Compassionate Communication 105 (S17)

Out beyond ideas of wrongdoing and rightdoing,

there is a field. I’ll meet you there.

 

When the soul lies down in that grass,

the world is too full to talk about.

Ideas, language, even the phrase “each other” doesn’t make any sense.

~ Rumi

 

Here Rumi describes poetically the First and Seventh UU Principles, emphasizing the interweaving web of worth, dignity, and interdependence that holds all life. These same principles are key underpinnings of Compassionate Communication. By engaging in Compassionate Communication during this course, practitioners “rewire their brains,” grow their consciousness of compassion, and increase the depth and effectiveness of an embodied response to injustice and suffering in the world. Participants gain expertise so that they can themselves be trainers and facilitators of these practices.

Rev. LoraKim Joyner is a Unitarian Universalist minister, having served in parish ministry for 10 years in North Carolina, Minnesota, Texas, and Florida. Currently she serves as a community minister in Multispecies Ministry and Compassionate Communication. She is also a Certified Trainer in Nonviolent Communication, and a wildlife veterinarian working actively in Latin American avian conservation where she emphasizes the human dimensions of conservation.

This course is now closed and no  longer taking additional students. Course materials will be available until June 30, 2017.

4 Replies to “Compassionate Communication 105 (S17)”

  1. Profile photo of David BurrousDavid Burrous

    Hi LoraKim:
    Thanks for your response. Yes, indeed I did change my strategy. My granddaughter was crying during her nap and I needed to comfort her. While I was doing that, I continued to think about the dilemma you posed. I think the “aha” moment here for me was that I need to process questions, over time, before I come up with a decision. I think that speaks to letting the dilemma “sink in” and process different possible reactions to it.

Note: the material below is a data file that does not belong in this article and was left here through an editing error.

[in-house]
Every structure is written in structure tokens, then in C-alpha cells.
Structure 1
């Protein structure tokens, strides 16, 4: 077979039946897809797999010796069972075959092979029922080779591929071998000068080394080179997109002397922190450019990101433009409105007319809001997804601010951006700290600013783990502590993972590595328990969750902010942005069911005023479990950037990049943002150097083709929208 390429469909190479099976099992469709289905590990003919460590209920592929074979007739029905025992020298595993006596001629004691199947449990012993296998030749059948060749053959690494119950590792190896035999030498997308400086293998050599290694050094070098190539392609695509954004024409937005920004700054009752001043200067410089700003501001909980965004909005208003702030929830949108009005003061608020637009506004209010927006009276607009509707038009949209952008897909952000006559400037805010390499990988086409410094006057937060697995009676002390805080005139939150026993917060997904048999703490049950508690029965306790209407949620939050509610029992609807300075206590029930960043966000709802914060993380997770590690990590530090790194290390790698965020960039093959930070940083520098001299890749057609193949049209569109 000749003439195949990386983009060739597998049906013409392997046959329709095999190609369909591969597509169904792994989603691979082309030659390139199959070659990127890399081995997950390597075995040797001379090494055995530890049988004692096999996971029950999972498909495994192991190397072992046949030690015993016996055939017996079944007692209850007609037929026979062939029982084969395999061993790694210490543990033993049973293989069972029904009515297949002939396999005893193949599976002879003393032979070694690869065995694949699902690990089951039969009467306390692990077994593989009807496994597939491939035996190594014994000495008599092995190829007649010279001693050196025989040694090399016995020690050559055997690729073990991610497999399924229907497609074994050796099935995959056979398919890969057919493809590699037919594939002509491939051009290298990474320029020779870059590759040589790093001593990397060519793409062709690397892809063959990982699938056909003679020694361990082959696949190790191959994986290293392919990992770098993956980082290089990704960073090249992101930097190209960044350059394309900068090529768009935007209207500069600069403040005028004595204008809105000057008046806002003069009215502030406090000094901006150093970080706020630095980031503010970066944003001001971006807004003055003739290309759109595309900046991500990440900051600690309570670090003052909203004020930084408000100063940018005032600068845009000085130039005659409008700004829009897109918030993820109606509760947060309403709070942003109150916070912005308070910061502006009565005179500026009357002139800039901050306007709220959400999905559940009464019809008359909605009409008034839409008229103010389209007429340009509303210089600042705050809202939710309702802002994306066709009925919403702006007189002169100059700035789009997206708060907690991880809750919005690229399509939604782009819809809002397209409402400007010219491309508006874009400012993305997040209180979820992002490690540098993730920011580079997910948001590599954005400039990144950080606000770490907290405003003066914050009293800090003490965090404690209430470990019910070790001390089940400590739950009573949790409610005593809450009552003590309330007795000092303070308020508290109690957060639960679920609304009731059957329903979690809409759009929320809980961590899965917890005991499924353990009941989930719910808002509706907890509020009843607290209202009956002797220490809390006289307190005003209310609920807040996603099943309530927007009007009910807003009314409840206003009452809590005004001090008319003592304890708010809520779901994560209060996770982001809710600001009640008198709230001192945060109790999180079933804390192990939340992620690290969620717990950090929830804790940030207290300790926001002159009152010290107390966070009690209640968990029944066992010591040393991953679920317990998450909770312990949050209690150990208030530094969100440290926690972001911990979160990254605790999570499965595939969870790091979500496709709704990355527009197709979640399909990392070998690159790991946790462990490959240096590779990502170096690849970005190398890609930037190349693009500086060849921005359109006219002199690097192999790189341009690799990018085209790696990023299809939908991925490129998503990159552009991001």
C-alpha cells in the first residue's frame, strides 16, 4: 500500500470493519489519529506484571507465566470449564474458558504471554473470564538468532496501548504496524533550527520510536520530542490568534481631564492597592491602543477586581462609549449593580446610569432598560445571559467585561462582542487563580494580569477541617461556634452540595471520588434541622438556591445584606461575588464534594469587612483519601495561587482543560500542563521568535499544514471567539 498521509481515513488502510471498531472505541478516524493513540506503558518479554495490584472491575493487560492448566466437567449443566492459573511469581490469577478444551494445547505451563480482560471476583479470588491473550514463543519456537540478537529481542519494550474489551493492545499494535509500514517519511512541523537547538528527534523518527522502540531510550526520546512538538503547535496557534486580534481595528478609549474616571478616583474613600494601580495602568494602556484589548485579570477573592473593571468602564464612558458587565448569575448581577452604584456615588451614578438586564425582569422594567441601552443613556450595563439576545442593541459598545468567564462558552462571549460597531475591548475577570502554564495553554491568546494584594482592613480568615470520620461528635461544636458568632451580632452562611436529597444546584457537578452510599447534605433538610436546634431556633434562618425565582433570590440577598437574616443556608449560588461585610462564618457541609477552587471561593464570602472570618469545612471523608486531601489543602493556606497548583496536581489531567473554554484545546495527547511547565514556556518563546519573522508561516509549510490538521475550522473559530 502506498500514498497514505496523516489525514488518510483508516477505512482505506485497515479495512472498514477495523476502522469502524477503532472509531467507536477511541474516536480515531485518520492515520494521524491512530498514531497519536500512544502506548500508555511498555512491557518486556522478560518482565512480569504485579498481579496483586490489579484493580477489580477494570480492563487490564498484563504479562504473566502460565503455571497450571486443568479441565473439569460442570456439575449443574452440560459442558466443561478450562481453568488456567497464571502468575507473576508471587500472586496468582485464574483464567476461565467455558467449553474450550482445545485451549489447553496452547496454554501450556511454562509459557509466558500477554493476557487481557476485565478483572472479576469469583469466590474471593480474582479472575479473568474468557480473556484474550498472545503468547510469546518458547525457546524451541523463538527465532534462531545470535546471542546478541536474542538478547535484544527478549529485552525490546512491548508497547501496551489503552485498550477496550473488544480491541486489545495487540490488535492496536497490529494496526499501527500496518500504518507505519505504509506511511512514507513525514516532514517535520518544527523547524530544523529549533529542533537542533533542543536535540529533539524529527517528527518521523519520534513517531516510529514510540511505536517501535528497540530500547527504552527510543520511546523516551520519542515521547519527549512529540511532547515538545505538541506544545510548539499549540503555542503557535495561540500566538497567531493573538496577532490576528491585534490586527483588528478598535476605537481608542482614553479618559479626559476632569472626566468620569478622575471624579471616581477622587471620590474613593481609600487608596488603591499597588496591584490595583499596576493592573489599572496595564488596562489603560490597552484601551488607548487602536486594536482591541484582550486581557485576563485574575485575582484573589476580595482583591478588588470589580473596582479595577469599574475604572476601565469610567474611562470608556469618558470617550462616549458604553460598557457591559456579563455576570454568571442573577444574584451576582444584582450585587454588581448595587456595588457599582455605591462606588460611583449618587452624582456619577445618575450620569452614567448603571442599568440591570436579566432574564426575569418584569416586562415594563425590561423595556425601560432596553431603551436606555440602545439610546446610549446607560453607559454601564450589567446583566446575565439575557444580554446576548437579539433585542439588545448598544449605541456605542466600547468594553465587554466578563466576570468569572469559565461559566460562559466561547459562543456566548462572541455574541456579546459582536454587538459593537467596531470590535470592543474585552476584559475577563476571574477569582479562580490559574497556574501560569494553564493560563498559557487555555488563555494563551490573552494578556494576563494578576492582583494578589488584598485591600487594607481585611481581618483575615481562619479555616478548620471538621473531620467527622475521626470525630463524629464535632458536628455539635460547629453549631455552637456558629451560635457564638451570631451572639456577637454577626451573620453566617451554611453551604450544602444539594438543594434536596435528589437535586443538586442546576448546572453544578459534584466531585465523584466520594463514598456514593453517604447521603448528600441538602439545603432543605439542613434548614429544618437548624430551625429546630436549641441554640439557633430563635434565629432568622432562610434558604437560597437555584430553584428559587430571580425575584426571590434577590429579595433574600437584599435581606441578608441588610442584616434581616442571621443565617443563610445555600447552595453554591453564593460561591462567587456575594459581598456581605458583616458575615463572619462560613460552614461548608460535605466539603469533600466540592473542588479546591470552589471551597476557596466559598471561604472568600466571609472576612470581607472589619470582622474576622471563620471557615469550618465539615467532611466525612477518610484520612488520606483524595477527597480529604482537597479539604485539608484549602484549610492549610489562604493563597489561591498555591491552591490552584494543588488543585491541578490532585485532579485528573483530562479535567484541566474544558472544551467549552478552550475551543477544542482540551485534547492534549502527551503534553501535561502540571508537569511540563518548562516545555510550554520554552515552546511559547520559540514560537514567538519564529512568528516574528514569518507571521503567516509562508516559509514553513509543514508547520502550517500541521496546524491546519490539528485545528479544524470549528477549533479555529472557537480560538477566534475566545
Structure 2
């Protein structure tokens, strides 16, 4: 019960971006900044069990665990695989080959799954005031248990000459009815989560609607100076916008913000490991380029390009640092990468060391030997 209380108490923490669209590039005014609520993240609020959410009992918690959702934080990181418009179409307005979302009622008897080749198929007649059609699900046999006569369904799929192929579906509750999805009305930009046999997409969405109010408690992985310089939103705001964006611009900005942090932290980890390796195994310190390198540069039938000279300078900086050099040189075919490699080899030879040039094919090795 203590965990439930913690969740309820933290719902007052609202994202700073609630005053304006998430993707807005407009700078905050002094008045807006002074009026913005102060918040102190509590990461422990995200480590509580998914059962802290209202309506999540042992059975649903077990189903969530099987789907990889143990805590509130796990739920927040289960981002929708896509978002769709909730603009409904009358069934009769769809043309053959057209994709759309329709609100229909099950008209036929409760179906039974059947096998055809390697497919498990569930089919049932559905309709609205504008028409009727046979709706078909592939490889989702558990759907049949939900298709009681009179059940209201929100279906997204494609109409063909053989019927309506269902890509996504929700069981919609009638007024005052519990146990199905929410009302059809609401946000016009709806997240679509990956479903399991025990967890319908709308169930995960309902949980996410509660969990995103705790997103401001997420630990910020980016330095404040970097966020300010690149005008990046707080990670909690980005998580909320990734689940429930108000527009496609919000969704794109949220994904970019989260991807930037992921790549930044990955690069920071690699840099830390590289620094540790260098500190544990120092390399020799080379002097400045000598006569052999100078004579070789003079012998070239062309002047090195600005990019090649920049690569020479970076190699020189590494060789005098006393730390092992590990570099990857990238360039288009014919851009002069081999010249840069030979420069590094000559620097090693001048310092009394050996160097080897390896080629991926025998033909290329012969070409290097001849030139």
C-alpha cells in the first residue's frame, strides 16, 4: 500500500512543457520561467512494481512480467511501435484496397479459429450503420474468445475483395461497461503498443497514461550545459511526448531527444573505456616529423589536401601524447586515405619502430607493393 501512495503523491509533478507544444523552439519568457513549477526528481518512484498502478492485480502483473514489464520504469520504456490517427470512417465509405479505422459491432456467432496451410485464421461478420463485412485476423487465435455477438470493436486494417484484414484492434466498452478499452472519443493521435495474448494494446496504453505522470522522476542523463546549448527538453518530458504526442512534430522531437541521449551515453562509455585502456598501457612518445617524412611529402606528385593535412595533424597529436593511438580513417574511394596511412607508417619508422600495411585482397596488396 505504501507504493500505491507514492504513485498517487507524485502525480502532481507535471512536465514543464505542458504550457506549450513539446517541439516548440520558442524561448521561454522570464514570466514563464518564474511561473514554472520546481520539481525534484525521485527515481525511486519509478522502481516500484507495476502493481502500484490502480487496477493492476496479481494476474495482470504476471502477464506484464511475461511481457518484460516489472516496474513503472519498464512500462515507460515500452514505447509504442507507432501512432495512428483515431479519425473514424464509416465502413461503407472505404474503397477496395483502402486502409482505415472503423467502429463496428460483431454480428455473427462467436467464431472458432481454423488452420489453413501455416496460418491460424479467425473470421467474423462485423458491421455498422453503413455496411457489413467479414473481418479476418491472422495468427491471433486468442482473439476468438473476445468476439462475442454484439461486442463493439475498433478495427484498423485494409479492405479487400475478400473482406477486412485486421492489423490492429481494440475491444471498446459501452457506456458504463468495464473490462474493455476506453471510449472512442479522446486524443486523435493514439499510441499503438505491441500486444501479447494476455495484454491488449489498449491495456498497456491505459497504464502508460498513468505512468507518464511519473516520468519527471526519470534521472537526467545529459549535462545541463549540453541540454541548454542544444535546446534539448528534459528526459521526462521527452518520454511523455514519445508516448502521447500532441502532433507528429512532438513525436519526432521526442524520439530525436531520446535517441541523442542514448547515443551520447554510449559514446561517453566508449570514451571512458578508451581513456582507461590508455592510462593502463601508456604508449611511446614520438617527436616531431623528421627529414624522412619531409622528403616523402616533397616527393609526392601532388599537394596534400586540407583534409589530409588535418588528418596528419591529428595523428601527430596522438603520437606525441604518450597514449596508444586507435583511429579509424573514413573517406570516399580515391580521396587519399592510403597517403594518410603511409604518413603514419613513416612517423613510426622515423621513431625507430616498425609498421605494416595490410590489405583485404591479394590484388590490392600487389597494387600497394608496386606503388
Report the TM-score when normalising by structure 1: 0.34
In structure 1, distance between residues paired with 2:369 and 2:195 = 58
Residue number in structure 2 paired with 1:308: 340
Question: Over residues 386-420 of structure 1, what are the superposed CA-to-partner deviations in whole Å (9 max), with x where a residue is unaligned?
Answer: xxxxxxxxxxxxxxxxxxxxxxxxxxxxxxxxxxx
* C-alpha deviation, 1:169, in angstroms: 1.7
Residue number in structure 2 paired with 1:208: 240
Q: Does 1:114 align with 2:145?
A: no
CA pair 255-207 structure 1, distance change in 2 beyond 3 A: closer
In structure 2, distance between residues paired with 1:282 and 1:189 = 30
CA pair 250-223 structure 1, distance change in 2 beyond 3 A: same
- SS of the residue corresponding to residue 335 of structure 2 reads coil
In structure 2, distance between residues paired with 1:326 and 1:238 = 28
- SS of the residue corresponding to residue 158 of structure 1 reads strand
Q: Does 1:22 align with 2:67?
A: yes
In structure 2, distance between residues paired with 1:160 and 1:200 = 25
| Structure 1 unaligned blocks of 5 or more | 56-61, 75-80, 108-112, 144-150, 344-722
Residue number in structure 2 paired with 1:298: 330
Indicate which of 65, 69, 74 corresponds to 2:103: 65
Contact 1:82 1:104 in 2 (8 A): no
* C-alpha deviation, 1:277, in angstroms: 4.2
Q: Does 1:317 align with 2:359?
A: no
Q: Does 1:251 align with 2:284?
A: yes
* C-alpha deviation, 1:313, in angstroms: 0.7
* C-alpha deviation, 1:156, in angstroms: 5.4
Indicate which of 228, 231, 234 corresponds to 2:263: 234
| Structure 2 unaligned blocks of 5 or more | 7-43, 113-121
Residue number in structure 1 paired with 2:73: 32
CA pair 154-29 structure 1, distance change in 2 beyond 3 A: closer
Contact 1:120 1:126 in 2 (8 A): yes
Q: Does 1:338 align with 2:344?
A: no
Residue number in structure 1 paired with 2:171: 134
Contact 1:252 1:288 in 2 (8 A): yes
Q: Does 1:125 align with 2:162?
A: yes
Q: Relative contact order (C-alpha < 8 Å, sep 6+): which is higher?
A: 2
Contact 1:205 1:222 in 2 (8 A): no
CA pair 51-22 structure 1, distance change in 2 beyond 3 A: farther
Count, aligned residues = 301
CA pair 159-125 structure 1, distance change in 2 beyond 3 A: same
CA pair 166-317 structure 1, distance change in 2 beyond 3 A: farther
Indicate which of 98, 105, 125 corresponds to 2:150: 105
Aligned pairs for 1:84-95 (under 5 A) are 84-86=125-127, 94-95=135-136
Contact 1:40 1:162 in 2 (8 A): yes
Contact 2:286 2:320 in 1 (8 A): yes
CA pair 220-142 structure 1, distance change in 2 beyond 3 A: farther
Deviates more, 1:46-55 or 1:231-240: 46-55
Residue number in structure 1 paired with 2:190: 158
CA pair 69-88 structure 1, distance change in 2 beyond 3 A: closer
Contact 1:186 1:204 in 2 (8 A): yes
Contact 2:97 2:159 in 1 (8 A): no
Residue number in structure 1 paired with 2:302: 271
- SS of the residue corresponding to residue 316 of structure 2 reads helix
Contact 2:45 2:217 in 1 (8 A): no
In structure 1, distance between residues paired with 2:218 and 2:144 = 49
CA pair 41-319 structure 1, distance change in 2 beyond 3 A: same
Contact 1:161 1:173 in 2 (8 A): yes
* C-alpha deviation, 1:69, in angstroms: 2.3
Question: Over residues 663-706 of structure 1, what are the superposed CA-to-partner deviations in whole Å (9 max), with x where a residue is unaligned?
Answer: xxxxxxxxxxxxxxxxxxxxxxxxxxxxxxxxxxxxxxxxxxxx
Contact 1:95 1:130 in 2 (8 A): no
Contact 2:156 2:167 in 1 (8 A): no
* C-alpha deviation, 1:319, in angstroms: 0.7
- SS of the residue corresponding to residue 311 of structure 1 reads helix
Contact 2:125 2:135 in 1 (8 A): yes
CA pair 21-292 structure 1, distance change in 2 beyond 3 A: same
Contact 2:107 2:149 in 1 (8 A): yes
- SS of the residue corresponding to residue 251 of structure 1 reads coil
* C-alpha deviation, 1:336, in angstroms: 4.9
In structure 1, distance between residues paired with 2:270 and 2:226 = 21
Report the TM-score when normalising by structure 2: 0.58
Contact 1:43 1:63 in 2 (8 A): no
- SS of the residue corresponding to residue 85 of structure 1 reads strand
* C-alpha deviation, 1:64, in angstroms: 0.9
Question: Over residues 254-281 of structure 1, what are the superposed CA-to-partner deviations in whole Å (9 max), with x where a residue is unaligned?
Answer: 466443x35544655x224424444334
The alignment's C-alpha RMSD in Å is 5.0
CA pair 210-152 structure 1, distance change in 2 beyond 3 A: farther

I wonder if your dilemma will help me as a leader in my church with the encroaching prairie dog dilemma. Imagine: the back part of our property is sitting at the end of a several mile long dirt patch. The prairie dogs have been marching towards us for years. They arrived several years ago by the neighboring businesses eradicated them. That took care of our moral dilemma, but now they’re back. We moved them once, out of the playground, but thee they sit. Oh gosh, we are going to have to process this pretty soon. ; – )

    • Profile photo of LoraKim JoynerLoraKim Joyner Post author

      Dear David,

      I don’t know if the process will work. But to have people really sit with their needs, the dogs, etc might help them connect to each other and to life, even though the strategy is a tough one.

      You probably know a lot more about this then I do, but I know for many wild animals that get in high numbers, there are alternatives that don’t involve killing. But I don’t know for this species.

      Good hope,

      LoraKim

    • Profile photo of LoraKim JoynerLoraKim Joyner Post author

      Dear David,

      Welcome, welcome to the course! How is it going so far?

      I read your comments on the rabbit/cat/neighbor/sanctuary story, and enjoyed how you puzzled over it. The idea of the exercise is to list as many needs as you can for each of the participants, and then maybe, just maybe, next steps come out of that. It seems that you did change your strategy based on thinking of different needs, is that right?

      The outdoor cat issue is usually value/feeling laden, and I always say that if I bring it up in a sermon or a class, I will lose control of the room. So I appreciate you jumping in.

      It takes hours to give all the background understanding and reading scientific reports, so i won’t go into specific responses to your ideas, although I appreciate the creativity and the company in this issue.

      In thanks,

      LoraKim

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